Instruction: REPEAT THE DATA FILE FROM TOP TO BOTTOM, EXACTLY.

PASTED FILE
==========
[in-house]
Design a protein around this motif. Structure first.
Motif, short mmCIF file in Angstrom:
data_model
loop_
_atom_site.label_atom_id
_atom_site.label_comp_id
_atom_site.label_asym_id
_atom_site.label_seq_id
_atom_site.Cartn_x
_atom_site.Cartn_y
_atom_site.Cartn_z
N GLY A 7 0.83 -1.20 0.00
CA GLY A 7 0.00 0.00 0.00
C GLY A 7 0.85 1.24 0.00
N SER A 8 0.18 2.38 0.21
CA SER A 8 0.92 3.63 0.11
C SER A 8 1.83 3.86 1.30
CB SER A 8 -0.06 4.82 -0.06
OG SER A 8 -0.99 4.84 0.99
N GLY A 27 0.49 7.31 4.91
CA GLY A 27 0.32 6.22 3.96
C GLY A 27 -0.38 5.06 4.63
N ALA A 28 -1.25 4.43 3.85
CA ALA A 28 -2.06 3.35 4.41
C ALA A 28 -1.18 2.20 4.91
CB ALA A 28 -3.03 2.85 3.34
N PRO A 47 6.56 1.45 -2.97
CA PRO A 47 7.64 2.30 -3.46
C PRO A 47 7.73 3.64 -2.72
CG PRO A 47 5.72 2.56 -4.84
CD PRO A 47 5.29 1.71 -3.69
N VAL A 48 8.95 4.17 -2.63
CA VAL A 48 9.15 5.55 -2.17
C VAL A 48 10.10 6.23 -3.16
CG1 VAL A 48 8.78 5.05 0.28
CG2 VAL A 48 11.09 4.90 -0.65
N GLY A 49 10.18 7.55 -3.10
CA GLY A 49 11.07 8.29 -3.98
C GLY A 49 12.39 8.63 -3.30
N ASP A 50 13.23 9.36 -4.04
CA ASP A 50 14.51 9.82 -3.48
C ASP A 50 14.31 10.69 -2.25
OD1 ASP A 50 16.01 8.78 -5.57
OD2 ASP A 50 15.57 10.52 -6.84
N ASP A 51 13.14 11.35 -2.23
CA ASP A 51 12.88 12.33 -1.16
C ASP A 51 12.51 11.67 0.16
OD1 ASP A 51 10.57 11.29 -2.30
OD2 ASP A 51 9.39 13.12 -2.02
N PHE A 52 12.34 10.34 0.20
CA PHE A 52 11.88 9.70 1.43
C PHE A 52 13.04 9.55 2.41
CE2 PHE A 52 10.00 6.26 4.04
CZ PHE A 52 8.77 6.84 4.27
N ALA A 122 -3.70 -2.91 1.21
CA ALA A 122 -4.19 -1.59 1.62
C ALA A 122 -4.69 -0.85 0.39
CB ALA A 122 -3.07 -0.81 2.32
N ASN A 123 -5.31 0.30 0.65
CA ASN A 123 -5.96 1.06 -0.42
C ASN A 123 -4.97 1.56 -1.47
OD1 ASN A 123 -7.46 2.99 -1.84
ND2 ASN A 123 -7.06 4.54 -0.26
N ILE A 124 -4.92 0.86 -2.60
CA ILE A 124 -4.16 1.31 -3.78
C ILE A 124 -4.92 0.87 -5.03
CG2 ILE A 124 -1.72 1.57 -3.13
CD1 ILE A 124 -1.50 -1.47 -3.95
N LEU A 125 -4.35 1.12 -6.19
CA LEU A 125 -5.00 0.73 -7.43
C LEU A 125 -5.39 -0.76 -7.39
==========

[in-house]
Design a protein around this motif. Structure first.
Motif, short mmCIF file in Angstrom:
data_model
loop_
_atom_site.label_atom_id
_atom_site.label_comp_id
_atom_site.label_asym_id
_atom_site.label_seq_id
_atom_site.Cartn_x
_atom_site.Cartn_y
_atom_site.Cartn_z
N GLY A 7 0.83 -1.20 0.00
CA GLY A 7 0.00 0.00 0.00
C GLY A 7 0.85 1.24 0.00
N SER A 8 0.18 2.38 0.21
CA SER A 8 0.92 3.63 0.11
C SER A 8 1.83 3.86 1.30
CB SER A 8 -0.06 4.82 -0.06
OG SER A 8 -0.99 4.84 0.99
N GLY A 27 0.49 7.31 4.91
CA GLY A 27 0.32 6.22 3.96
C GLY A 27 -0.38 5.06 4.63
N ALA A 28 -1.25 4.43 3.85
CA ALA A 28 -2.06 3.35 4.41
C ALA A 28 -1.18 2.20 4.91
CB ALA A 28 -3.03 2.85 3.34
N PRO A 47 6.56 1.45 -2.97
CA PRO A 47 7.64 2.30 -3.46
C PRO A 47 7.73 3.64 -2.72
CG PRO A 47 5.72 2.56 -4.84
CD PRO A 47 5.29 1.71 -3.69
N VAL A 48 8.95 4.17 -2.63
CA VAL A 48 9.15 5.55 -2.17
C VAL A 48 10.10 6.23 -3.16
CG1 VAL A 48 8.78 5.05 0.28
CG2 VAL A 48 11.09 4.90 -0.65
N GLY A 49 10.18 7.55 -3.10
CA GLY A 49 11.07 8.29 -3.98
C GLY A 49 12.39 8.63 -3.30
N ASP A 50 13.23 9.36 -4.04
CA ASP A 50 14.51 9.82 -3.48
C ASP A 50 14.31 10.69 -2.25
OD1 ASP A 50 16.01 8.78 -5.57
OD2 ASP A 50 15.57 10.52 -6.84
N ASP A 51 13.14 11.35 -2.23
CA ASP A 51 12.88 12.33 -1.16
C ASP A 51 12.51 11.67 0.16
OD1 ASP A 51 10.57 11.29 -2.30
OD2 ASP A 51 9.39 13.12 -2.02
N PHE A 52 12.34 10.34 0.20
CA PHE A 52 11.88 9.70 1.43
C PHE A 52 13.04 9.55 2.41
CE2 PHE A 52 10.00 6.26 4.04
CZ PHE A 52 8.77 6.84 4.27
N ALA A 122 -3.70 -2.91 1.21
CA ALA A 122 -4.19 -1.59 1.62
C ALA A 122 -4.69 -0.85 0.39
CB ALA A 122 -3.07 -0.81 2.32
N ASN A 123 -5.31 0.30 0.65
CA ASN A 123 -5.96 1.06 -0.42
C ASN A 123 -4.97 1.56 -1.47
OD1 ASN A 123 -7.46 2.99 -1.84
ND2 ASN A 123 -7.06 4.54 -0.26
N ILE A 124 -4.92 0.86 -2.60
CA ILE A 124 -4.16 1.31 -3.78
C ILE A 124 -4.92 0.87 -5.03
CG2 ILE A 124 -1.72 1.57 -3.13
CD1 ILE A 124 -1.50 -1.47 -3.95
N LEU A 125 -4.35 1.12 -6.19
CA LEU A 125 -5.00 0.73 -7.43
C LEU A 125 -5.39 -0.76 -7.39